World Chess Solving Championship in Greece

by ChessBase
8/31/2004 – The athletes have left, and now some of the finest minds in the world are collecting in Halkidiki, Greece, to solve direct, help and self mates, endgame studies and a host of other chess problems. Themis Argirakopoulos has sent us a comprehensive report on problem chess and even supplied samples to test your wits against the champions.

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A problem is always a composed position and very often it does not look as it might have occurred in a game. The problematist can put the pieces just where he wants them, provided of course it is a legal position. In arranging the pieces, the composer aims to show some worthwhile idea, in as elegant and economical a form as possible – in other words, he hopes to create something of beauty, to be appreciated and enjoyed by his audience, the solvers.

  • In a direct mate problem you are always told in how many moves the win must be achieved, and the win is always a mate. White plays first and forces mate within the stipulated number of moves, whatever Black may reply.

  • In a helpmate, a spirit of co-operation exists: Black plays first and helps White to deliver mate to the black king. Sounds strange? It is! Black is not defending, he is trying just as hard as White to get to the mating position. Click here for an introduction and here if you want more about helpmates.

  • A selfmate problem, is a “White suicide” problem! White moves first and forces Black to inflict mate on the stipulated number of moves. Black is striving to avoid giving mate, but White manages at the end to achieve his “bizarre” goal! More...

  • In helpmates and selfmates, all FIDE rules on legality of the moves apply. For example, no player can disregard a check, or expose his king to a check. Even if the overall concept is a bit different than usual, helpmates and selfmates are nowadays considered orthodox problems.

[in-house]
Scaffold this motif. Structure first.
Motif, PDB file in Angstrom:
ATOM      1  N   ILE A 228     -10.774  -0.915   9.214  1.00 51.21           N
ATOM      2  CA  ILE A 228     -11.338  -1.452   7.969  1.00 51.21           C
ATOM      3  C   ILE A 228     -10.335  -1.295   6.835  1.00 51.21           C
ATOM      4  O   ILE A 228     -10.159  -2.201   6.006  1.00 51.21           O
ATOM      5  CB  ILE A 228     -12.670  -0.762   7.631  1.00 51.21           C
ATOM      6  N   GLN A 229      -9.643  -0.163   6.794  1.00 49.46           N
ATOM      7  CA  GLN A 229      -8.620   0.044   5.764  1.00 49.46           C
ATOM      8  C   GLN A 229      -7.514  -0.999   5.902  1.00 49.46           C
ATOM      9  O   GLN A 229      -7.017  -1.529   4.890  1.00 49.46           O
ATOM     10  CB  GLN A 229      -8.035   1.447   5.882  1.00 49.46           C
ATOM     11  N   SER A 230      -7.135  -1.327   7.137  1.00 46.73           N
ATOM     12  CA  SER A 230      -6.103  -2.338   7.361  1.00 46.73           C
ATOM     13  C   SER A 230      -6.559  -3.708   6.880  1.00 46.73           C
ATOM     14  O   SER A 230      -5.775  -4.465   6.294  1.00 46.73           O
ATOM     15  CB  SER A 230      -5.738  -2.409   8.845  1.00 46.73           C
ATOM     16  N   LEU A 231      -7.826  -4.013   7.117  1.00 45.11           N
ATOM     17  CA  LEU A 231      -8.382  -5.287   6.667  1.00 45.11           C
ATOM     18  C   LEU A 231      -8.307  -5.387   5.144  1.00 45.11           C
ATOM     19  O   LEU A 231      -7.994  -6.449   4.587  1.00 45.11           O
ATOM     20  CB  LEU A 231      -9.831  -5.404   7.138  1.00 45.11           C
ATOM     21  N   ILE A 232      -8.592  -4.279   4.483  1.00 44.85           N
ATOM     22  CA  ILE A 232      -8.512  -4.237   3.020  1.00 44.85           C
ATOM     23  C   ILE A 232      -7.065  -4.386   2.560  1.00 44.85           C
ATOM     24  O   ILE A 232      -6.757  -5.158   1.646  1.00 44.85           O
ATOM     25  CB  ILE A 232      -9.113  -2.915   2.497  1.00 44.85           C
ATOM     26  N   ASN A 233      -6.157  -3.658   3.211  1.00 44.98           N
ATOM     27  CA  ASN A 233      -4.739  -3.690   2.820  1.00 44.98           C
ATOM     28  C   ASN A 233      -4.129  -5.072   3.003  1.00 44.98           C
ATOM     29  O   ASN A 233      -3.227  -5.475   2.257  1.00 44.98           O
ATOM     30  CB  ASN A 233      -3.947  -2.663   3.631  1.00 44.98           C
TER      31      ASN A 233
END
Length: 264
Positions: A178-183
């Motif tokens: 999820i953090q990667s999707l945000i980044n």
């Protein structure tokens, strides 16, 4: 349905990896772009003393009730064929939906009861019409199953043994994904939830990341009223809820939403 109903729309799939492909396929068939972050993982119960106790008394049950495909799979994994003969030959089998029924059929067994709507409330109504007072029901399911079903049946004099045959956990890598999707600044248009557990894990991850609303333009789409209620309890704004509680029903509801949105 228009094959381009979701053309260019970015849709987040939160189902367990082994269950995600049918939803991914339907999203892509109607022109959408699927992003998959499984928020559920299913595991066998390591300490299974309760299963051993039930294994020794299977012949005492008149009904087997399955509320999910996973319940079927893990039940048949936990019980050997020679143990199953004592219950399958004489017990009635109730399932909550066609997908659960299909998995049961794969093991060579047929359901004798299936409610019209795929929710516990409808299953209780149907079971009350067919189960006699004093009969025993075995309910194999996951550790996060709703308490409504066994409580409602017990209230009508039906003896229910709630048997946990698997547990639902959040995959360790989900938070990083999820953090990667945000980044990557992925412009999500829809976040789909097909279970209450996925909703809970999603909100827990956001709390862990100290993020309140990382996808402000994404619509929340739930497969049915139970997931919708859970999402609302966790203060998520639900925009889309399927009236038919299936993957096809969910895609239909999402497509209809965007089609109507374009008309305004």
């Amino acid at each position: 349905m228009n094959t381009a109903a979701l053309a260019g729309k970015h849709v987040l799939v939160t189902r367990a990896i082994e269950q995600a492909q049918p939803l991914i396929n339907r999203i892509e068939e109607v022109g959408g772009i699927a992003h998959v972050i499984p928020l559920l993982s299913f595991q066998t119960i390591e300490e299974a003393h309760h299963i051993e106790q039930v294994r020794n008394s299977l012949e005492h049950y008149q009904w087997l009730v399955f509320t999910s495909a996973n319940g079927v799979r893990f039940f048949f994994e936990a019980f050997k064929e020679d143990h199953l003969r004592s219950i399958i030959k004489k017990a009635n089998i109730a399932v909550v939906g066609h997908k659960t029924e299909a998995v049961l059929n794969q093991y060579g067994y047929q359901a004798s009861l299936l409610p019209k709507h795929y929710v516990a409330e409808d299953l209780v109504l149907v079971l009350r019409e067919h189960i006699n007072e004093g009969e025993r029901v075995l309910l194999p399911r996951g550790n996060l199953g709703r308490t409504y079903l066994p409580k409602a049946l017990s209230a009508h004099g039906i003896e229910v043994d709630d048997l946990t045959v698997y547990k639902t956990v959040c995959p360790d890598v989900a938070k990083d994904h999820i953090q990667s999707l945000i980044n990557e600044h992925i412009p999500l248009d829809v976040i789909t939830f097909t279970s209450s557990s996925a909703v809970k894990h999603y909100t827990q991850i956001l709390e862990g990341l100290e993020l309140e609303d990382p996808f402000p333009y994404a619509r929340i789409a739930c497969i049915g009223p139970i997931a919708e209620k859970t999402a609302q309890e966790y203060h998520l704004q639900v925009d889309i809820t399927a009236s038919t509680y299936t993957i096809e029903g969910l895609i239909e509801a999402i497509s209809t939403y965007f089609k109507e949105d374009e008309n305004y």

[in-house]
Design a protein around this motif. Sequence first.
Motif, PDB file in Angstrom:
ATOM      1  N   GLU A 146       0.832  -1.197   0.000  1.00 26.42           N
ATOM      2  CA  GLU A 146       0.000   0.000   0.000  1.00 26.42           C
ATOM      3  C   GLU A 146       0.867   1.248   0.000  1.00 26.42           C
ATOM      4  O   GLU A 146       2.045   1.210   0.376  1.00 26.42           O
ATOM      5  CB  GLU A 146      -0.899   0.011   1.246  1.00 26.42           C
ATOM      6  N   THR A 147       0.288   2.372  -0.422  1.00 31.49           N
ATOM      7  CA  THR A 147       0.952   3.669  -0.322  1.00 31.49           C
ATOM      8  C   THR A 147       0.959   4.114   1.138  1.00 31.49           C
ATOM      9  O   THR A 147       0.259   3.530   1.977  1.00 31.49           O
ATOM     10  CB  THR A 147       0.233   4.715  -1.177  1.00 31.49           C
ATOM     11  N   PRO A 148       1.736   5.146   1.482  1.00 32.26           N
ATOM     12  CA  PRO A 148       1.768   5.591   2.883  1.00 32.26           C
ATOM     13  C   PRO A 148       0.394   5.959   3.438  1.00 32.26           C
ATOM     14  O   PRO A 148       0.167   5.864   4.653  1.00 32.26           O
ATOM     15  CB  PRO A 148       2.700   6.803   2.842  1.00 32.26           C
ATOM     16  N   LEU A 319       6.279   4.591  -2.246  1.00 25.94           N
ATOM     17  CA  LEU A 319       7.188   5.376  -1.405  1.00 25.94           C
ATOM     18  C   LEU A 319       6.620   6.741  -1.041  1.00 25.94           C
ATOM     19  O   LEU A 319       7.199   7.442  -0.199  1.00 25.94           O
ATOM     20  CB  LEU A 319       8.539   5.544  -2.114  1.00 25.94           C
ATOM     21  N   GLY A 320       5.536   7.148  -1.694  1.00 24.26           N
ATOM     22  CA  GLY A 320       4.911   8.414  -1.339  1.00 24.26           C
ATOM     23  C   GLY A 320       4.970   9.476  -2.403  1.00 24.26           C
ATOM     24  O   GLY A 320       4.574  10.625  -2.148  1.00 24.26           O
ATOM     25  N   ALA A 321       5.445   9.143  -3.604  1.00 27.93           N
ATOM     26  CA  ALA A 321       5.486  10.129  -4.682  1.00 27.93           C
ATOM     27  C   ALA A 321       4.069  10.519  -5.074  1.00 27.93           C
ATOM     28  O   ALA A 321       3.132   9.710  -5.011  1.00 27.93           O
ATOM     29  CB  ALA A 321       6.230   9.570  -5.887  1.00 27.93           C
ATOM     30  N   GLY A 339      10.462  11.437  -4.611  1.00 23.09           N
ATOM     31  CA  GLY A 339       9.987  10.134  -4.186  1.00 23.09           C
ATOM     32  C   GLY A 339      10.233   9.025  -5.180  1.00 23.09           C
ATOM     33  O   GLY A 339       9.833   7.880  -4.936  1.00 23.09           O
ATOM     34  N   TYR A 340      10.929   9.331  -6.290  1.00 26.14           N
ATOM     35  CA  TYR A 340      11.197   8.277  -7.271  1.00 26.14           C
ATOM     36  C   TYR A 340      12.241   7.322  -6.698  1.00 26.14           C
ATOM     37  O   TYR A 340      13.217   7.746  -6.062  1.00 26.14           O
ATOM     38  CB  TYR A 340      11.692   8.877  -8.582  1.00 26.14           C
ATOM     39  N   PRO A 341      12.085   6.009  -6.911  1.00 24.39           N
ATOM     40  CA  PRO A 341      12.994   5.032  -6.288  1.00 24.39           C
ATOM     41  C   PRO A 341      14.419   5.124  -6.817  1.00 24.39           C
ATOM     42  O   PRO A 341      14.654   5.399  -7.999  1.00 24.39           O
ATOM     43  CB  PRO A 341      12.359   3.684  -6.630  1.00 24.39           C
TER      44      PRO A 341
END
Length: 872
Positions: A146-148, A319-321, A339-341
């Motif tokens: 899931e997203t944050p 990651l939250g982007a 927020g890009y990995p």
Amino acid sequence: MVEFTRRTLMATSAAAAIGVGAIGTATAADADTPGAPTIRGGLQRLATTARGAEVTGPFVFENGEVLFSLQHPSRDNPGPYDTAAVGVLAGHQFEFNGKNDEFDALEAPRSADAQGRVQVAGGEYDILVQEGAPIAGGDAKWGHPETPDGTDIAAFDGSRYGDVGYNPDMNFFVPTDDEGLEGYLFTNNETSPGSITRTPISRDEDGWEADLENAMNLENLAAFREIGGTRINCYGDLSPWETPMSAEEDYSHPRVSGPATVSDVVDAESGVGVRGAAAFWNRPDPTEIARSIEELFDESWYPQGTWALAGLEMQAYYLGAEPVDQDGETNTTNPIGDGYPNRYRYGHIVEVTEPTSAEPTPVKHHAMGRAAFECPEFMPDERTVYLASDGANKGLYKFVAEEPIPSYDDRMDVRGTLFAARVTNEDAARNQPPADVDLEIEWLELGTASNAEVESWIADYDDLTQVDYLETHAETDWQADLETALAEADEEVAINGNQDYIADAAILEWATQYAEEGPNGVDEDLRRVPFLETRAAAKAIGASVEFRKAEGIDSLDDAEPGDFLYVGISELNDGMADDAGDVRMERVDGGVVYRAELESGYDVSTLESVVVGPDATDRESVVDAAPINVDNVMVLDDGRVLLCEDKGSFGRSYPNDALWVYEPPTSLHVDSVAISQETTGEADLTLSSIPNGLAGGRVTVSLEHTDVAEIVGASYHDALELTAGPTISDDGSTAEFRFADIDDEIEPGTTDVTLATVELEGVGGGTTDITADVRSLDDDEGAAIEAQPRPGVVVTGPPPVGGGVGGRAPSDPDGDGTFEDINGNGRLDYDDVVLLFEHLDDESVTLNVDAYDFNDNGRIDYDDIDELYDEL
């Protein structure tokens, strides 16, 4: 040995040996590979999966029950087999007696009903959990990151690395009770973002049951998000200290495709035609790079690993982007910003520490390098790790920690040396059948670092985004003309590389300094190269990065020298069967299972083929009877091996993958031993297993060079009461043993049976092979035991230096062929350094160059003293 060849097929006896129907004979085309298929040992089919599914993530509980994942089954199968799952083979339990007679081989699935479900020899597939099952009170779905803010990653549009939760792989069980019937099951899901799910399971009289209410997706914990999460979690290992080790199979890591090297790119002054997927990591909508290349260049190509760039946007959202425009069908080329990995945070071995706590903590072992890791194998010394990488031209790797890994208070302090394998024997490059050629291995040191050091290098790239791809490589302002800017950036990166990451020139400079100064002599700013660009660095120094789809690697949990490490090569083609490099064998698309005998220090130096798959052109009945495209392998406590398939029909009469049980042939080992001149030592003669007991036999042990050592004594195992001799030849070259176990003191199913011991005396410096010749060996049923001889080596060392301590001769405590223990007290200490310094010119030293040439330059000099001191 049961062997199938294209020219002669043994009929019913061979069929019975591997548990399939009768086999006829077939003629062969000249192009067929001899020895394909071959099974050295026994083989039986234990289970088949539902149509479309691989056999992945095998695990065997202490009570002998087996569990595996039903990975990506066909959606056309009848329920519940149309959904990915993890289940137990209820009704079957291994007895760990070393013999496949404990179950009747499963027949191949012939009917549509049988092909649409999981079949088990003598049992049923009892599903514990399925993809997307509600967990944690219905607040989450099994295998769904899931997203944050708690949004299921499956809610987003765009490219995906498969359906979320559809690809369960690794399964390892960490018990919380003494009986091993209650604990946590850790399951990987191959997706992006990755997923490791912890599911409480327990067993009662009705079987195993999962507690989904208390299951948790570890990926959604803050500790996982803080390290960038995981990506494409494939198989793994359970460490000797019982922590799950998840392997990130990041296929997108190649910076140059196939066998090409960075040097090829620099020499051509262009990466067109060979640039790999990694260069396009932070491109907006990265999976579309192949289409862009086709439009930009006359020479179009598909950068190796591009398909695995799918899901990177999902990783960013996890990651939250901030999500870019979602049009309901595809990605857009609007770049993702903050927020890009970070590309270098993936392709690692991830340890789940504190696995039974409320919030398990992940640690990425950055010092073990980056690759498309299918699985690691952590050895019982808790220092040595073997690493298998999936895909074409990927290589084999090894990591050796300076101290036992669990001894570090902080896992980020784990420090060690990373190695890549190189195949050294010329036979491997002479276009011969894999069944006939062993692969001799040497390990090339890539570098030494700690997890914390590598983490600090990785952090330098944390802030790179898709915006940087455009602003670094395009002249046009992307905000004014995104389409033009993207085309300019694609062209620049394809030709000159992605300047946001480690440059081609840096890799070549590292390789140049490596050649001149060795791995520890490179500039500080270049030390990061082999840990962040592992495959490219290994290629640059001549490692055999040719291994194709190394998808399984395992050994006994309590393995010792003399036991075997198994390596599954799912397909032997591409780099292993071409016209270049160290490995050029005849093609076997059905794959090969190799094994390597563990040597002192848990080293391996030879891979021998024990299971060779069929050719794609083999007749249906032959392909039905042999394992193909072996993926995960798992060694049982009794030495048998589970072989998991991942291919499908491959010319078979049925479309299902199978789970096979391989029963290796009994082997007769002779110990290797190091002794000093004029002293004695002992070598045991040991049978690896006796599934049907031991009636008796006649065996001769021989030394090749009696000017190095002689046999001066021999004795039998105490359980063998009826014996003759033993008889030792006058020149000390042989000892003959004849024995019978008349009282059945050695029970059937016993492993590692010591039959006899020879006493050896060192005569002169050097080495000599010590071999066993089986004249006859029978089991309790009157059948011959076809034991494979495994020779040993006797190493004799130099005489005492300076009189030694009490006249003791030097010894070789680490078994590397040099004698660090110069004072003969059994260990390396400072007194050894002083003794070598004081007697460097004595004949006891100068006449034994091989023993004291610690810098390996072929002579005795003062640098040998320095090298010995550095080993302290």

• An endgame study is the closest to an over-the-board game, but still it is a composed position; it is not a contest between two players, but between composer and solver. These may be draws or wins; all you have to do is find the best play for both sides and achieve what the composer asks for.

  • There are also retrograde analysis problems (find what happened on the board before we reach the current position, click here) and fairy chess problems. In fairy chess, you have to handle exotic pieces with new attributes, e.g. the grasshopper which moves like a queen but jumps over a hurdle to the immediate square after it, if empty, or cope with special conditions, like Circe, where a captured piece is reborn to its original game-array square.

[The above text based on John Rice’s excellent book “Chess Wizardry: The New ABC of Chess Problems”, Batsford, London 1996 , available on many online shops, see more on e.g. bookstore].

World Chess Solving Championship

The World Chess Solving Championship is open to national teams and individual solvers. The Championship is a two days event, with three rounds per day for a total of three hours thinking time per day. In the first day, solvers are asked to solve three two-movers, three three-movers and three endgames. During the second day, they have to solve three helpmates, three more-movers and three selfmates. Solvers are allowed to use the chessboards made available by the organizers, or use their own board. They can of course move the pieces around while they try to solve the problem. Sounds easy? Take a look at this selection of the last year’s championship held in Moscow.